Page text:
Some Parts of Human Genome Get Lost
Technology allows scientists to spot non-essential DNA base pairs
THURSDAY, Oct. 22, 2009 (HealthDay News) -- Researchers have created their first map of parts of the human genome that are considered disposable.
Scientists estimate that at least 2.7 million base pairs of the human genome, which reside in 58 distinct regions of DNA, are non-essential and can disappear without hurting people's health.
The new report builds on previous findings by using microarray technology to find DNA in 600 young and healthy Dutch subjects. Nearly all of the study participants carried so-called complete DNA losses. On average, the number was 50,000 base pairs.
"The results of this study have provided insight into the 'non-essential' parts of the human genome, which will aid in expanding our current understanding of genetic variation among humans," study co-author Terry Vrijenhoek, a medical geneticist from Radboud University Nijmegen in the Netherlands, said in a news release from the American Society of Human Genetics.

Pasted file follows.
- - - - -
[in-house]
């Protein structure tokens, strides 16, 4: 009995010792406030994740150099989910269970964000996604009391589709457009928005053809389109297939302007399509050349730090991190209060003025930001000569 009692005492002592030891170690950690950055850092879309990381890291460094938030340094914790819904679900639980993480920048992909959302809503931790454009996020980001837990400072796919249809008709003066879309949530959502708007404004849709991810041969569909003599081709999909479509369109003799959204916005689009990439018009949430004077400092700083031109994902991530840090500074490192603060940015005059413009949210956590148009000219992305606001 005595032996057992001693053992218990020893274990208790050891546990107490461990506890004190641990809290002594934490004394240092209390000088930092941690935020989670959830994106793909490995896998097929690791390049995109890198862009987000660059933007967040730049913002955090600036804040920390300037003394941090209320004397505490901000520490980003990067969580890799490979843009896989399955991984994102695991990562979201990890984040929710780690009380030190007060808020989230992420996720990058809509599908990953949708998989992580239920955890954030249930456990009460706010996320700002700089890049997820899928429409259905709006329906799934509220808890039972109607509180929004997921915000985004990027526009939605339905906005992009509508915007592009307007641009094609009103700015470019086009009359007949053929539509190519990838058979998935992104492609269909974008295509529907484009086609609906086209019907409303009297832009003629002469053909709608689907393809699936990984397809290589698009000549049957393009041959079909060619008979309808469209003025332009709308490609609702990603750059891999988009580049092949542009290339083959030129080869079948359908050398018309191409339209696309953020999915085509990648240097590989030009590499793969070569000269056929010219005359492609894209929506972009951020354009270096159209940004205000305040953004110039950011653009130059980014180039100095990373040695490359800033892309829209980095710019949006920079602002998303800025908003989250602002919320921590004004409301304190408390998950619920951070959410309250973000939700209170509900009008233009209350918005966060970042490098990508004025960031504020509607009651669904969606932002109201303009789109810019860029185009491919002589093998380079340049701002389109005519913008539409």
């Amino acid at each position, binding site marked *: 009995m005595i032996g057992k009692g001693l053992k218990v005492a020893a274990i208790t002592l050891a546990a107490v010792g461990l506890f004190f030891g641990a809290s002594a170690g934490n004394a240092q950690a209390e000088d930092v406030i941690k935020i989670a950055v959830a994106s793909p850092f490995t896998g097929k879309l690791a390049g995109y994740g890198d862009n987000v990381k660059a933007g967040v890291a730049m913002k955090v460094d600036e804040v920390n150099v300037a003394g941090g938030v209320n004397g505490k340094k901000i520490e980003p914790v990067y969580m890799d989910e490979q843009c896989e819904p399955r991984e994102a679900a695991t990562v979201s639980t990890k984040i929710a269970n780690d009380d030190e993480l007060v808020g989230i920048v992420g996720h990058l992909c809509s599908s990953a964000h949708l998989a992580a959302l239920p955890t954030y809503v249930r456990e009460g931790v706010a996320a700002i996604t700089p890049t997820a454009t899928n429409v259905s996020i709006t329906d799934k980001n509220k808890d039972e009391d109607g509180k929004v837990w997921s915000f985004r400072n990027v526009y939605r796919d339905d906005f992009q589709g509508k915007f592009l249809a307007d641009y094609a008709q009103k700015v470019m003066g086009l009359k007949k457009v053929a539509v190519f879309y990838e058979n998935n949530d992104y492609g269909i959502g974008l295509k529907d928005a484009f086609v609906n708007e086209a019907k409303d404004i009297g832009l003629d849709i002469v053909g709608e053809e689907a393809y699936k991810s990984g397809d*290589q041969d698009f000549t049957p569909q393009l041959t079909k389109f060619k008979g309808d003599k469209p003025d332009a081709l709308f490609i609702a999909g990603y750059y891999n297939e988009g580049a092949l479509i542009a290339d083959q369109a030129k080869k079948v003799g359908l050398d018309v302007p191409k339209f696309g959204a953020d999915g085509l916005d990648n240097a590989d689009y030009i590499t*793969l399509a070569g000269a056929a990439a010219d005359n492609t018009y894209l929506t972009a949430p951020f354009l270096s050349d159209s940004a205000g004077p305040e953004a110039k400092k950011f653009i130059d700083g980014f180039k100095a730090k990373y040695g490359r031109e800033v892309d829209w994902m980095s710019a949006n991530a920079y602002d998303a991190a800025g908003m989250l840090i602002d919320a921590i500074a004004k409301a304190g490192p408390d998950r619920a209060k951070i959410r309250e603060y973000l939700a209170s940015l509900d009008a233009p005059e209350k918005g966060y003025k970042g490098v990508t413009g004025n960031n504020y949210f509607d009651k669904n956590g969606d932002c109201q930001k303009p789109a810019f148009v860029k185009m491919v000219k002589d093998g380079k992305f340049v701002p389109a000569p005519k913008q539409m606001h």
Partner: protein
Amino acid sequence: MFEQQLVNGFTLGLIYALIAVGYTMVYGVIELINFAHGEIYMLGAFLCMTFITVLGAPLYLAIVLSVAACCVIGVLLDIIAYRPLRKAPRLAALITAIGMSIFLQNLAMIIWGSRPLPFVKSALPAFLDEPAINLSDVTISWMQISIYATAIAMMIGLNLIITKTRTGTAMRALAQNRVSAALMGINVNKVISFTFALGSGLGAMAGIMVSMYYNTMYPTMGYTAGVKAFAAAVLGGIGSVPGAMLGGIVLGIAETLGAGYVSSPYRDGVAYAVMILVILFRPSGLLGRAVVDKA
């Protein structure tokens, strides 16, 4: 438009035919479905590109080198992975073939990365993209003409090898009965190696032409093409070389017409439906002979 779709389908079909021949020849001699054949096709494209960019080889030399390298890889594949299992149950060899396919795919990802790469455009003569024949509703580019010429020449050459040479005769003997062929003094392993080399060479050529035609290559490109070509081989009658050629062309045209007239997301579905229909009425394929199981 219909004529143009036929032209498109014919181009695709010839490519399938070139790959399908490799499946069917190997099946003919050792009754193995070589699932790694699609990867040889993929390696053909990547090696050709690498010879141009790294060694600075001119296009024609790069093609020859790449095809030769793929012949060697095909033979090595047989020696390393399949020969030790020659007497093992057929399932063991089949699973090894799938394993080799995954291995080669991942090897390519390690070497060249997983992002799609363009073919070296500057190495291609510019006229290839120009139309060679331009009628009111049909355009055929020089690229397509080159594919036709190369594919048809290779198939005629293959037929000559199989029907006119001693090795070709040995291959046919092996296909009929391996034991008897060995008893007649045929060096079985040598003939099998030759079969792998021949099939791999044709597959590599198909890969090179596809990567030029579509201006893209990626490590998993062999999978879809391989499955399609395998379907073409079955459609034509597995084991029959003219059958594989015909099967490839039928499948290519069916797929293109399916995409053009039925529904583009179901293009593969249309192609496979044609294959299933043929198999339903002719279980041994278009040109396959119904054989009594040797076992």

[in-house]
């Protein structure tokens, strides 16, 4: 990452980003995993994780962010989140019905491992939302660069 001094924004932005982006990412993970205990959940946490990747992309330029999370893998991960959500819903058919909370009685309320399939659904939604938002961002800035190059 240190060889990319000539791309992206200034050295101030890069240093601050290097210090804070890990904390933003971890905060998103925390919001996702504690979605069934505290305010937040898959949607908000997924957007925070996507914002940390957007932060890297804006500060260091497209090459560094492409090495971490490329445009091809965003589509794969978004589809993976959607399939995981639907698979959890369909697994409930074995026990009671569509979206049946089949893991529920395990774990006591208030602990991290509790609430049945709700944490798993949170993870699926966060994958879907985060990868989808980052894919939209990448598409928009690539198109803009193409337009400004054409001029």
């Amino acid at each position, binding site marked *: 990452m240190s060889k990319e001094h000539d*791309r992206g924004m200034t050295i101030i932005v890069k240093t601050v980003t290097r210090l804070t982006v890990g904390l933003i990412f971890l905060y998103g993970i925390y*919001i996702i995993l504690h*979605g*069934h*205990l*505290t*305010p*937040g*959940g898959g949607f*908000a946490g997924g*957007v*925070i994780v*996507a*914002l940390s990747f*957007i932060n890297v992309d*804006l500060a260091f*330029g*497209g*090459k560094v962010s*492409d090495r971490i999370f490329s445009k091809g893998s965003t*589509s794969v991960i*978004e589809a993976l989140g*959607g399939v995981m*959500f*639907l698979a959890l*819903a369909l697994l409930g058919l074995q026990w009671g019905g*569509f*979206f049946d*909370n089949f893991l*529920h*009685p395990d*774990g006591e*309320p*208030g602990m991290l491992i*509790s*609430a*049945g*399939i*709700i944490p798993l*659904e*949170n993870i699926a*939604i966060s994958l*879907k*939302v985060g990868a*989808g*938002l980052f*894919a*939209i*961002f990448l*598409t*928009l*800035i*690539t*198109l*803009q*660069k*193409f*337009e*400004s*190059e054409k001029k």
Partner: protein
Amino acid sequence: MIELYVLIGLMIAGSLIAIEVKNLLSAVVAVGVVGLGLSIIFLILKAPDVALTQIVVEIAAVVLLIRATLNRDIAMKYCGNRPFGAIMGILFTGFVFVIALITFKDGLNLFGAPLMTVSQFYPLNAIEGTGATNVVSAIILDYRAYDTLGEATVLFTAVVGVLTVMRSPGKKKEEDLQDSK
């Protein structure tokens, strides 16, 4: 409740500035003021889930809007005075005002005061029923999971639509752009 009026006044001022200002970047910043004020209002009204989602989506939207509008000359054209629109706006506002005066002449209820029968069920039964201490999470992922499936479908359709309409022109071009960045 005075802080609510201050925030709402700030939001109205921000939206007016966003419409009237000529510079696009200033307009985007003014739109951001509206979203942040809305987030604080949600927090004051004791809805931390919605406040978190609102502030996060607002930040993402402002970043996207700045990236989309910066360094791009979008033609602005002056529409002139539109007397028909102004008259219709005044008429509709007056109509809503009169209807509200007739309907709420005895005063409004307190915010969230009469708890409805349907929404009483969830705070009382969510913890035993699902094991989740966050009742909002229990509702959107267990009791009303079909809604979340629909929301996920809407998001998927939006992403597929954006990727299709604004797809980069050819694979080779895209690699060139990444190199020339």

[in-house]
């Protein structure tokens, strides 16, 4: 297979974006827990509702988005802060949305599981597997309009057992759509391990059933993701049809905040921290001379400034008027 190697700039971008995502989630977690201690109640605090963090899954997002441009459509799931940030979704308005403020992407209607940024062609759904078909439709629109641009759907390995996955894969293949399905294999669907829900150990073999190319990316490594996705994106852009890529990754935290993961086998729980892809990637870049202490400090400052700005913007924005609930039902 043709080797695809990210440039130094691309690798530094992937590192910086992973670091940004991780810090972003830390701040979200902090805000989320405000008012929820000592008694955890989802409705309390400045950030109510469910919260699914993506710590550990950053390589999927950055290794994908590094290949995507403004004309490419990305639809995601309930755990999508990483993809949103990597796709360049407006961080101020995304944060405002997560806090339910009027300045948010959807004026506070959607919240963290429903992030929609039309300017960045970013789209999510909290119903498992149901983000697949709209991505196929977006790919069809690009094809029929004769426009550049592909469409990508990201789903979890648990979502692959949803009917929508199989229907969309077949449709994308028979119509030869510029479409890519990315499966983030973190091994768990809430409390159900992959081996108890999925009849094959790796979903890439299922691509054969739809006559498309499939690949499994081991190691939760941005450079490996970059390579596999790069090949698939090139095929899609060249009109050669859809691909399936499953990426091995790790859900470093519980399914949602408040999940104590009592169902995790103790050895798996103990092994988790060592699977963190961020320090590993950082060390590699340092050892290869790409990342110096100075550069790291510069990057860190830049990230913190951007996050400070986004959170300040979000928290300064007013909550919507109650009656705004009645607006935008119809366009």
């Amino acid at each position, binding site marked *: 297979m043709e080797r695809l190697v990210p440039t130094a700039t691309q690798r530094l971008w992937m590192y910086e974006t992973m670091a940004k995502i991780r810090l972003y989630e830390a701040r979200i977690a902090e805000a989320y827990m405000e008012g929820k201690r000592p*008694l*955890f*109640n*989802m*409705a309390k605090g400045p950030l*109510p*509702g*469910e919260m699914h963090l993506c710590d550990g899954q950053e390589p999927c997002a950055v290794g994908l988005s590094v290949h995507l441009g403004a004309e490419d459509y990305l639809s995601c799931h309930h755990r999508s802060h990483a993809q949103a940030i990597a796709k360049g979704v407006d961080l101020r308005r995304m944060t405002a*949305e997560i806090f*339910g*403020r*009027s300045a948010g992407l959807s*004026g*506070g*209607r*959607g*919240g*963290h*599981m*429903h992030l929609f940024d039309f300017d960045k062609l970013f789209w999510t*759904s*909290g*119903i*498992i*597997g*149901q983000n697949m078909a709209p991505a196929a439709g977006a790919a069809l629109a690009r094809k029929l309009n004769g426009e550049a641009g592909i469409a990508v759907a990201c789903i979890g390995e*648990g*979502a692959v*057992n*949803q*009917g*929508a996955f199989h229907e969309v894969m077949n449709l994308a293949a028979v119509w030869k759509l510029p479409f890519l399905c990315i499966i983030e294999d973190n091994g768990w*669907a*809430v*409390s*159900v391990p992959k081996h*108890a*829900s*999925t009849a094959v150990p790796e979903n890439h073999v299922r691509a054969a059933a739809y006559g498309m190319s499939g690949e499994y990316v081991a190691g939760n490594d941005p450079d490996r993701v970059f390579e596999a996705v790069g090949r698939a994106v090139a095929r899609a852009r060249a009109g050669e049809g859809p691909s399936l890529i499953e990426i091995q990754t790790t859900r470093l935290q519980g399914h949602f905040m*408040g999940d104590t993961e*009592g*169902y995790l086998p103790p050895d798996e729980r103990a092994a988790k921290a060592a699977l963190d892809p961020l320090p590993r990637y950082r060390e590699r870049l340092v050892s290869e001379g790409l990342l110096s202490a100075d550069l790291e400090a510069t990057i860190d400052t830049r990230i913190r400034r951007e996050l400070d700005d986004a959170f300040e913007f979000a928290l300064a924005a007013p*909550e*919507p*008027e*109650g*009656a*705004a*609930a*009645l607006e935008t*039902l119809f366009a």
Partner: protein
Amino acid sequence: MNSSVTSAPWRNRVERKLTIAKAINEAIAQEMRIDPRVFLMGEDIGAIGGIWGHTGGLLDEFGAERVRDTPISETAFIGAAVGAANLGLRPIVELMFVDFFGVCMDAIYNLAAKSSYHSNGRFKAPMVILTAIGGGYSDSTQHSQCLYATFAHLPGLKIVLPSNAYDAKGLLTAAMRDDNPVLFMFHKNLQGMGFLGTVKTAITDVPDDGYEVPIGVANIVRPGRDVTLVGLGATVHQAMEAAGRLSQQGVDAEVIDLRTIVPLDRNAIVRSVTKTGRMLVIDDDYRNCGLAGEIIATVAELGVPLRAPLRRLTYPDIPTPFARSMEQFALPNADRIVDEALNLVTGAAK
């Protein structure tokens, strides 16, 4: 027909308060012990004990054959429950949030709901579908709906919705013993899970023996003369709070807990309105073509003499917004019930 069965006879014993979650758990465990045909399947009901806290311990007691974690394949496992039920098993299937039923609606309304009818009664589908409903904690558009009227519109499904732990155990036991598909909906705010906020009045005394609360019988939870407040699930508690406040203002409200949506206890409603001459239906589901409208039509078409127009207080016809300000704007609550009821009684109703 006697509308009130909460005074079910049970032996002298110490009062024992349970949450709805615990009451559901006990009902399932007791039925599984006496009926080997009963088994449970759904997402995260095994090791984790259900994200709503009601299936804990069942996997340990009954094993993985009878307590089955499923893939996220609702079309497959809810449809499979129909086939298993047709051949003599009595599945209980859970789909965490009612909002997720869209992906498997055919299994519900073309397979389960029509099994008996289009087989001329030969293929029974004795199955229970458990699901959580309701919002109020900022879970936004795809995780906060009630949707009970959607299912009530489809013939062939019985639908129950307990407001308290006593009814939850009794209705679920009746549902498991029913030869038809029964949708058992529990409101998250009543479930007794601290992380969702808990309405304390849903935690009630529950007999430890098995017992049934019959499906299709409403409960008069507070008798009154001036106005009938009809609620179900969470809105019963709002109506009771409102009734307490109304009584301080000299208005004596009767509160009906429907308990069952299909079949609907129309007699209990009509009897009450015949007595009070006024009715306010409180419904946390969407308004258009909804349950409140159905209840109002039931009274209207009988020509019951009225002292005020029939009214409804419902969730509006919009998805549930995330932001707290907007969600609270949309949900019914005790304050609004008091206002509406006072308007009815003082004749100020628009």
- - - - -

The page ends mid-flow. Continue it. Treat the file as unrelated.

"Clearly, while the large majority of our genes are essential, the current research results suggest that hardly any one of us possesses a complete genome," Vrijenhoek added.
The researchers noted that most people can do just fine without the DNA base pairs, even though some of the genes seem to play a role in disease -- like psoriasis -- and food digestion.
It also appears that evolution protects the most important genes by making sure they're not in areas where base pairs are often lost, the study authors explained.
The findings were to be released this week at the American Society of Human Genetics annual meeting, in Honolulu.
Learn more about DNA from the U.S. National Library of Medicine.